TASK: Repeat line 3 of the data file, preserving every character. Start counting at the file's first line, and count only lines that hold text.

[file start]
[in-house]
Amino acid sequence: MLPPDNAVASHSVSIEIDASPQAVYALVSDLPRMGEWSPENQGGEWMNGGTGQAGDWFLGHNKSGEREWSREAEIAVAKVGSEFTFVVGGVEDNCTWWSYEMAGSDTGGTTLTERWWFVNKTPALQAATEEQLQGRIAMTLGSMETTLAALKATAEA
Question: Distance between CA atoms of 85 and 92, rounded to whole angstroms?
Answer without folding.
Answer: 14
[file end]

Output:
Question: Distance between CA atoms of 85 and 92, rounded to whole angstroms?